Just 2 weeks ago, the Institute for Clinical and Economic Review (ICER) proposed changes to its 2017-2019 Value Assessment Framework, which guides the analytic structure of the primary domains of their framework. These 4 domains include comparative clinical effectiveness, long-term cost-effectiveness (CE), potential other benefits or disadvantages and contextual considerations, and short-term affordability. Why now?
Every 2 years, ICER attempts to improve its methods for evaluation of interventions based, in part, on stakeholder feedback and the latest methodological trends in the industry. ICER requests public comments as part of this process, and pledges to incorporate those comments into their final framework, as they deem appropriate. The public comment period is now open through October 11 and ICER will release the final 2020 Value Assessment Framework on December 18, 2019.
In reviewing the proposed changes, there are a number of key areas that raise more questions than provide answers. Below I have highlighted a few notable questions I plan to submit during the public comment period.
In their proposal, ICER states its commitment to use existing real-world evidence (RWE), as well as to generate new RWE. This commitment aims to support their assessments of comparative clinical effectiveness, potential advantages or disadvantages and contextual considerations, and cost effectiveness (CE). ICER also indicates their intention to form collaborations with organizations to conduct de novo analyses of real-world data (RWD) and to ensure transparency throughout the process. While I applaud their intentions to use RWE given the richness that RWD now offers, I think further clarification is warranted, specifically:
ICER indicates that they will add a “Controversies and Uncertainties” section to the CE section of their final evidence report, the goal of which will be to introduce alternative model structures and assumptions suggested by key stakeholders (e.g., manufacturers, patient advocacy groups). This new section will qualitatively discuss how alterations to the model might affect model results, but there is still ambiguity around how ICER will incorporate these findings. More specifically, I am left wondering:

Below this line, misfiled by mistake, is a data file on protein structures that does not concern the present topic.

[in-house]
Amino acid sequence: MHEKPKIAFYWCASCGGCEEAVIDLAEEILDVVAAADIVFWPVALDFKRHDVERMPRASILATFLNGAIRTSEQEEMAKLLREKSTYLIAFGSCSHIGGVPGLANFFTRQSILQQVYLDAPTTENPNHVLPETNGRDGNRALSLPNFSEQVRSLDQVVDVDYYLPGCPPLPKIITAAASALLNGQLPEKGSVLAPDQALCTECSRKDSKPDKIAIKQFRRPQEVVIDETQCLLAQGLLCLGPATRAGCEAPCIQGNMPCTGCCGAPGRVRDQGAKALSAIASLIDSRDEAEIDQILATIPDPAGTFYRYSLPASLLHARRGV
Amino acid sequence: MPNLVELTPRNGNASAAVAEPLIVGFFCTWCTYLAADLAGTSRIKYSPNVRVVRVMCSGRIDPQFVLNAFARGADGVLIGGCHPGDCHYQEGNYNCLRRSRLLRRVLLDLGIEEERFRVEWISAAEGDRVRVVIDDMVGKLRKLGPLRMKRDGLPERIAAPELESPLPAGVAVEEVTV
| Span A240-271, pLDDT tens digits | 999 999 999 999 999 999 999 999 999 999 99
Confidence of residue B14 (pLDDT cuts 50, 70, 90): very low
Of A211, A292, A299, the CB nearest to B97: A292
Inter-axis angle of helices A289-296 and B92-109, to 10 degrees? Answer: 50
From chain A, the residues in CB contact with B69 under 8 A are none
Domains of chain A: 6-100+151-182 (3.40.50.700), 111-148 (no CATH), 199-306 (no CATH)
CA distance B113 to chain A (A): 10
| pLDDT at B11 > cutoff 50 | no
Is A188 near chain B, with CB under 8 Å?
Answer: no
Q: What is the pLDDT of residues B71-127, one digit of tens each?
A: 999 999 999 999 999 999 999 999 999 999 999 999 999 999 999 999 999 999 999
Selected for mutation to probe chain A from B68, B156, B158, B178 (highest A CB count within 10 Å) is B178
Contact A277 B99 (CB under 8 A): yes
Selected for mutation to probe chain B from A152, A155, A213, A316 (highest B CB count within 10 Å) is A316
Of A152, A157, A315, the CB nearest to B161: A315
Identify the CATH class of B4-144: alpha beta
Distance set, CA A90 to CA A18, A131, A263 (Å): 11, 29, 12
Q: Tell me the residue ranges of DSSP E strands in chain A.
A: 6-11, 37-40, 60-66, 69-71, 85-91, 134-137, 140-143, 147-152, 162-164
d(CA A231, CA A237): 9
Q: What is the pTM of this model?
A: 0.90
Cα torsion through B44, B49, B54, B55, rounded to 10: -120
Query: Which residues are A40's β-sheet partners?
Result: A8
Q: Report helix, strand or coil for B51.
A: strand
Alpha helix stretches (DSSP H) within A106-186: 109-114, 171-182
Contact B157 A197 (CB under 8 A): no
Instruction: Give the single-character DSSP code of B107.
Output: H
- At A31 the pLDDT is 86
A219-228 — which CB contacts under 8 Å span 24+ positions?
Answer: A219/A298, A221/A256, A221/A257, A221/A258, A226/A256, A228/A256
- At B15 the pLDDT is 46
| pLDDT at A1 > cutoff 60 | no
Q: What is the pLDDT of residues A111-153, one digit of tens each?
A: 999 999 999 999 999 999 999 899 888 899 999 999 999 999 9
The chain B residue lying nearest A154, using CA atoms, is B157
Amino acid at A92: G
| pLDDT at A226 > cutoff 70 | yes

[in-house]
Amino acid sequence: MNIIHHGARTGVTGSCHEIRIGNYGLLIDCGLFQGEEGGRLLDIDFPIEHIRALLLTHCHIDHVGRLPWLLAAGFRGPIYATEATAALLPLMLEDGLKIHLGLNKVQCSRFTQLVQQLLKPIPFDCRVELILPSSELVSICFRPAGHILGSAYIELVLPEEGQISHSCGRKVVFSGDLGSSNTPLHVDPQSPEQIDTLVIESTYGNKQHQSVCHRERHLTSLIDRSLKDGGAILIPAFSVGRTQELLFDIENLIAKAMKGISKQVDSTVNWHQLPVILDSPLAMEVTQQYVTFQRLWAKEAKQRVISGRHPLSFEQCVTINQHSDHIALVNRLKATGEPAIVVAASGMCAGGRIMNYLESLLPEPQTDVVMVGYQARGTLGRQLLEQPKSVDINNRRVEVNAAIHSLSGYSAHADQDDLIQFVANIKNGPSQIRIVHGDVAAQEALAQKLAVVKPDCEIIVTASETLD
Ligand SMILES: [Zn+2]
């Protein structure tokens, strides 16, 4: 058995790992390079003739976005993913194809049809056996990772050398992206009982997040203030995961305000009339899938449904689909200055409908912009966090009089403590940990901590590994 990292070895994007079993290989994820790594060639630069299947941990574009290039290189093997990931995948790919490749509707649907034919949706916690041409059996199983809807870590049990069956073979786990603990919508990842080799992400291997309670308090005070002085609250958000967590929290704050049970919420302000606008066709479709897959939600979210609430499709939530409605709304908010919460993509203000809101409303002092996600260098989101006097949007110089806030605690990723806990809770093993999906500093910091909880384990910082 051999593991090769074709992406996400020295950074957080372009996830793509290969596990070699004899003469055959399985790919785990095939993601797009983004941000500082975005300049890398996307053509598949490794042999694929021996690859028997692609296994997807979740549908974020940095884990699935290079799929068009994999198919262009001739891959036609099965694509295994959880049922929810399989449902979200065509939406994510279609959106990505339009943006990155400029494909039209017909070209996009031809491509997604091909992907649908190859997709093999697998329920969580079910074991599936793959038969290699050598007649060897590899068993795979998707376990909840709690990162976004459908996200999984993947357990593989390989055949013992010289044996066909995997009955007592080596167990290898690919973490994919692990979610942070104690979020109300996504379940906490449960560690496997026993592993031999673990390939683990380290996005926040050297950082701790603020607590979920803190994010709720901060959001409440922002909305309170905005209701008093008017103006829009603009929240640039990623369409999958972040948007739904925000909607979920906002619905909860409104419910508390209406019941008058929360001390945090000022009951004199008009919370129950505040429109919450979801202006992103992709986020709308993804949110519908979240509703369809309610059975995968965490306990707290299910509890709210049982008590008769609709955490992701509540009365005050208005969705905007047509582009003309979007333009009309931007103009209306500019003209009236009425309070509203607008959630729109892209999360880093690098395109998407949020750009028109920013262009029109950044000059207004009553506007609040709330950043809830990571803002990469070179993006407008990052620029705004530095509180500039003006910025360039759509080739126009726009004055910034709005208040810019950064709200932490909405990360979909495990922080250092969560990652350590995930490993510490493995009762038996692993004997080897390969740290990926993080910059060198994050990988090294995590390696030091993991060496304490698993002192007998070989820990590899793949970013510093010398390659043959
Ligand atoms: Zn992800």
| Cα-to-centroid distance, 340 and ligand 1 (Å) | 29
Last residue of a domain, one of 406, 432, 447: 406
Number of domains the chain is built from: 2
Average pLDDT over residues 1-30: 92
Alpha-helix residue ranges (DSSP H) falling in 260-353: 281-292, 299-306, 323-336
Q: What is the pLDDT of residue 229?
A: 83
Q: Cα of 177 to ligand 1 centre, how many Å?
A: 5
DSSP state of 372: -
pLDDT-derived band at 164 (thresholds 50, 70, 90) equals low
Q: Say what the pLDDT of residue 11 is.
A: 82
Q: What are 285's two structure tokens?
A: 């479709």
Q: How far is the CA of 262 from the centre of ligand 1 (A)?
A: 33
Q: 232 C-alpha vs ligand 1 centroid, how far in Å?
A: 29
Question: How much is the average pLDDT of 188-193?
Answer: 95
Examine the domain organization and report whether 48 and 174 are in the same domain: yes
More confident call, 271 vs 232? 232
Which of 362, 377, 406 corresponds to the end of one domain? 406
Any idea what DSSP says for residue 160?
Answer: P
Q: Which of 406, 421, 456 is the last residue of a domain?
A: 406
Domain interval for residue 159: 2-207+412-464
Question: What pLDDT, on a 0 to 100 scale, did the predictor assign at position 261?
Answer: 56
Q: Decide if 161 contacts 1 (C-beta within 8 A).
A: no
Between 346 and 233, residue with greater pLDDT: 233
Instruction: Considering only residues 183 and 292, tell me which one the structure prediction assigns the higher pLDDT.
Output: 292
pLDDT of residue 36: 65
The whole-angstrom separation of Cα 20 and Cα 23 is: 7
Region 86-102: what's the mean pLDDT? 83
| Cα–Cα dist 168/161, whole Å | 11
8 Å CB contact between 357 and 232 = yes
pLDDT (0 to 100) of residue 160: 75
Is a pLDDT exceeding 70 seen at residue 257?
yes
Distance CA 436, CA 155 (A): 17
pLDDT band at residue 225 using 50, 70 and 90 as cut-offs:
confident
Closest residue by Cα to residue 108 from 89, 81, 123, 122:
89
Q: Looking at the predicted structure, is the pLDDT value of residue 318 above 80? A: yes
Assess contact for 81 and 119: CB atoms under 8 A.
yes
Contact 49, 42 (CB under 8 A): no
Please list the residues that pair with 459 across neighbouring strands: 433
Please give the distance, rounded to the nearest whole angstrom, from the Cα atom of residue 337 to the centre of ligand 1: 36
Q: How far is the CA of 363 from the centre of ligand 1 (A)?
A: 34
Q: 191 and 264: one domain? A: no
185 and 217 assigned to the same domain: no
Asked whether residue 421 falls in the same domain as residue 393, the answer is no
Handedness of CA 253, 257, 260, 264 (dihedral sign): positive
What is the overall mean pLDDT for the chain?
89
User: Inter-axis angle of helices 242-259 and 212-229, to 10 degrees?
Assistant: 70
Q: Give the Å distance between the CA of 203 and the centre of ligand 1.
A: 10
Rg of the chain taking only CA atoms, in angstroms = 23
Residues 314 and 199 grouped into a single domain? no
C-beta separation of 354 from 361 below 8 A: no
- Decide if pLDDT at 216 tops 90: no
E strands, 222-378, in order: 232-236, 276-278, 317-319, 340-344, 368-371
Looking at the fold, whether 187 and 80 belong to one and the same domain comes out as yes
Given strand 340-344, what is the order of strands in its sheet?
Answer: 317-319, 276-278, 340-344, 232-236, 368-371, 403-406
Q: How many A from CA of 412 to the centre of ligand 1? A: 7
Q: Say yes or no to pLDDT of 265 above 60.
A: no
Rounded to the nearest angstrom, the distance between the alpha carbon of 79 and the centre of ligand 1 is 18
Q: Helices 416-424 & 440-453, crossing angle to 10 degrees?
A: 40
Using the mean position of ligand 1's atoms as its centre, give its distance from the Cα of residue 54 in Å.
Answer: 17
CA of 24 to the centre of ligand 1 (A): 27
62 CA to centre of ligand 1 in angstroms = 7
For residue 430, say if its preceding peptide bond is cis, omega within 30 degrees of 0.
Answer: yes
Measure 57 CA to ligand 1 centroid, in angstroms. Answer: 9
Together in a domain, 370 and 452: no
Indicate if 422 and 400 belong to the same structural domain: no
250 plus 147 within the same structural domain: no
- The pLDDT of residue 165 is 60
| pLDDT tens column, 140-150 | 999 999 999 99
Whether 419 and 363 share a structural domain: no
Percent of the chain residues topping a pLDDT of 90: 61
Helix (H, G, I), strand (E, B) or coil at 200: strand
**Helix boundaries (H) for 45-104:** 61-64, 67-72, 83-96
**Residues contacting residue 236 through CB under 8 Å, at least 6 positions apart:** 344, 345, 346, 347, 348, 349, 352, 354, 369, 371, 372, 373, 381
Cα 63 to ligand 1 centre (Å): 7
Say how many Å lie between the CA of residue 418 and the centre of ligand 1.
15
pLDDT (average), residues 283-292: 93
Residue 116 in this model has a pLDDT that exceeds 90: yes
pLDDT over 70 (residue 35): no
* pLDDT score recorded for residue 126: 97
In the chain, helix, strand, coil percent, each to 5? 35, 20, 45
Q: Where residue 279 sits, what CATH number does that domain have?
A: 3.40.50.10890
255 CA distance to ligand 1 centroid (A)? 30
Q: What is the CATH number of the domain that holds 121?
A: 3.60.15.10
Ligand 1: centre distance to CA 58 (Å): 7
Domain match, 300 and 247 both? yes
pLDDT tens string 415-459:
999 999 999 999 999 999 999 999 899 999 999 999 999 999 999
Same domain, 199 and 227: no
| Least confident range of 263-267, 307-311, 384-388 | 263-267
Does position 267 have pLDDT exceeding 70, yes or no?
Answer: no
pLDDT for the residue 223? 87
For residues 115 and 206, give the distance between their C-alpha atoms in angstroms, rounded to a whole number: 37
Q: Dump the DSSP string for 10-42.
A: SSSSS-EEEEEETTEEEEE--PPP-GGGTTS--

ICER proposes including analyses of the potential impact of outcomes-based contracts in their CE modeling efforts. While they acknowledge that outcomes-based contracts may reduce the overall cost associated with an expensive intervention and thus decrease its incremental CE ratio, ICER has provided few details regarding the implementation of this practice, raising more questions like the following:
I applaud ICER for continually updating their framework and weaving in current methodology trends. Perhaps more important is their request for stakeholder feedback. In this post, I identified a number of questions regarding ICER’s proposed changes and I look forward to hearing their answers to these questions and others.
Given national scrutiny on rising drug prices, health technology assessment (HTA) organizations such as ICER that independently evaluate the clinical and economic value of interventions are primed to impact formulary decision-making processes in the US. It is therefore imperative that ICER’s methodology for conducting CE analyses are appropriate and relevant, and meet industry standards. Egregious – or even minor – flaws in ICER’s methodology could have an important downstream impact on drug pricing and market access.
As a result, it is crucial that ICER uses RWE judiciously or they run the risk of incorporating inappropriate RWE into their models, which could skew the CE model structure and impact results. Equally important is the need for ICER to quantitatively test alternative assumptions, scenarios, and input values that may lead to more appropriate model results.
I intend on taking advantage of this feedback period by submitting my questions and invite you to do the same. The final framework is due in a few short months and it’s up to all of us to have a voice in what that looks like.